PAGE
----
A mission off the coast of South Devon, England has surveyed two U.S. Landing Ship Tanks (LSTs) that were torpedoed and sunk during the D-Day rehearsal Exercise Tiger on April 28, 1944. Using state-of-the-art autonomous underwater vehicle (AUV) technology to collect data from the wreckage site, the mission has produced the first high-definition sonar images of this World War II tragedy. This was the first time in history that an AUV had surveyed the area.
The mission, which was executed by Hydroid, Inc., a subsidiary of Kongsberg Maritime, with additional data provided by the Royal Navy's Maritime Autonomous System Trials Team (MASTT), commemorates the 70th anniversary of Exercise Tiger. A tragic but largely unknown military operation, Exercise Tiger was a D-Day rehearsal for the invasion of Normandy's Utah Beach. The exercise took place off the southern English coast and resulted in the loss of nearly 1,000 American servicemen - more than the number of deaths at the actual invasion of Utah Beach.
The REMUS 100, a Hydroid AUV used for the mission, is designed to perform intricate oceanographic surveys over large areas. The vehicle is equipped with multiple sonar instruments that enable it to capture high-resolution imagery of objects on the sea floor. Using these instruments, Hydroid was able to secure close proximity, high-quality side scan and wide swath interferometric bathymetric multi-beam sonar images of the two LST wreck sites. The data show that both LSTs are about 50 meters below the surface and reach between six to eight meters above the seafloor. The REMUS 100 also discovered an object of interest close to the shore which may hold significance in relation to Exercise Tiger. An effort to identify this object is currently underway by the Royal Navy.
While Hydroid operated in the English Channel about 30 miles out to sea, MASTT focused on the waters just off Slapton Sands where the Exercise Tiger beach landing took place. The information collected by MASTT's REMUS 100 was an important supplement to the efforts of the Hydroid team. To commemorate the 70th anniversary of Exercise Tiger, Hydroid and the Royal Navy will be donating images obtained from this mission to the UK National Archive and local memorials.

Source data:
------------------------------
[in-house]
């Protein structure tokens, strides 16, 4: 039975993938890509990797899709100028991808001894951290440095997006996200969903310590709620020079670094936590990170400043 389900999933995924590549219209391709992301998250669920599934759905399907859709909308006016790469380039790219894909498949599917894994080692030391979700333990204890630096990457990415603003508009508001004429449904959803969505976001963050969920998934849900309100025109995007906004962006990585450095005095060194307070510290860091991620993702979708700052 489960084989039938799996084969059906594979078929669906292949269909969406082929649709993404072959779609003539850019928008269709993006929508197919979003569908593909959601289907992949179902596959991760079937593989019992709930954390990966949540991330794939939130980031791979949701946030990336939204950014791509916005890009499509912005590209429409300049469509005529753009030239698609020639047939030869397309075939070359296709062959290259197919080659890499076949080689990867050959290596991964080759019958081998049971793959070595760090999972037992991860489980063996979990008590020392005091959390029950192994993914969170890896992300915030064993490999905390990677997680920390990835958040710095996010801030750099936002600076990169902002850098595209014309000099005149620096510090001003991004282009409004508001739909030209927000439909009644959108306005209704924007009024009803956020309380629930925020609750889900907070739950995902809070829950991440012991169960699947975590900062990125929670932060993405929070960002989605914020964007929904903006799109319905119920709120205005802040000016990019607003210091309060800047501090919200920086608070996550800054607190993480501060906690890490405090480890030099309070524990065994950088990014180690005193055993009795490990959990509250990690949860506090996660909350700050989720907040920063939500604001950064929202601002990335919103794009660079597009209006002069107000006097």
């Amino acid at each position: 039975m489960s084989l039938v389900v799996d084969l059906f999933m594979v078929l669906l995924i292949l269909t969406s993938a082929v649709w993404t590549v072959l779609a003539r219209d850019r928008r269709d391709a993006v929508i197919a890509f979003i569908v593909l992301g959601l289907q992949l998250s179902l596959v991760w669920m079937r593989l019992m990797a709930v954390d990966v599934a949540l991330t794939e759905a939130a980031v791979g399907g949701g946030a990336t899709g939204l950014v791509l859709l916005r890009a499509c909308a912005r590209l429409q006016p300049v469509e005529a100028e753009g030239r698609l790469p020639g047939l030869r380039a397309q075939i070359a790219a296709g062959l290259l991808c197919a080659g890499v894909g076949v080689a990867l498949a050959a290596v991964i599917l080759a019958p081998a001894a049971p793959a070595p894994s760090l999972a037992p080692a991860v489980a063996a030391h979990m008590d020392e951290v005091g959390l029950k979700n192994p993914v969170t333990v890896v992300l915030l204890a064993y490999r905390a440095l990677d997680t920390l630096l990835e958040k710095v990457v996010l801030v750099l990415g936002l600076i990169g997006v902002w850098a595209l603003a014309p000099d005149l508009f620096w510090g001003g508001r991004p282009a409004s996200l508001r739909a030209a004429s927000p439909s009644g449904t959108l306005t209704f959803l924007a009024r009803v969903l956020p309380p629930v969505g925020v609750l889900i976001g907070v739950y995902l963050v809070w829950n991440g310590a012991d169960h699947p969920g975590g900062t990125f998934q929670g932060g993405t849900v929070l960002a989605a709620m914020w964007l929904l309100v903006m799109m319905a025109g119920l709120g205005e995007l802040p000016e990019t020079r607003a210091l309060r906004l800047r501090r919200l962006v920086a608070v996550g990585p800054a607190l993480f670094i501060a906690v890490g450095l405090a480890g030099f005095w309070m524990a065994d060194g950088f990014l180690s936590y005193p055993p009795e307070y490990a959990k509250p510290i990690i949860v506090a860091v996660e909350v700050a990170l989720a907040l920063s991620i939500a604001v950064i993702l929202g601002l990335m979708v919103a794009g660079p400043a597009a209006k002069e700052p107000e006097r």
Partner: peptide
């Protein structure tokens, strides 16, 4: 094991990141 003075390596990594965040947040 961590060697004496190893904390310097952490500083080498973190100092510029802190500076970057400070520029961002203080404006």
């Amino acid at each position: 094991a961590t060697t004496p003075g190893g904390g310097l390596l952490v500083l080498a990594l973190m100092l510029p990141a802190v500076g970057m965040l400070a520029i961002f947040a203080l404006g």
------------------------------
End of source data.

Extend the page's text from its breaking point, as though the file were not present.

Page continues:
"We hope that the data collected on this mission will shed additional light on this tragic event and help bring some closure to the families who lost their loved ones during Exercise Tiger," said Richard 'Bungy' Williams, Regional Manager, Hydroid Europe. "We are proud to use our technology to honor the memories of the servicemen who lost their lives in this tragic operation."
Exercise Tiger was one of several rehearsal trainings for the D-Day invasion of Normandy's Utah Beach. The exercise took place along the beach at Slapton Sands on the South coast of England, an area chosen due to its similar layout to Utah Beach. On the morning of April 28, 1944, a convoy of eight Landing Ship Tanks (LSTs) was traveling in Lyme Bay heading toward Slapton Sands when they came under attack by nine German torpedo boats. The Germans had been dispatched to investigate heavy radio traffic in the area. LSTs 507 and 531 were hit and sunk. LST 289 was also hit but made it back to shore. In all, 749 soldiers died that night, and 946 in total during Exercise Tiger. It was the most deadly training involving U.S. servicemen during World War II, and more deadly than the actual invasion at Utah Beach weeks later.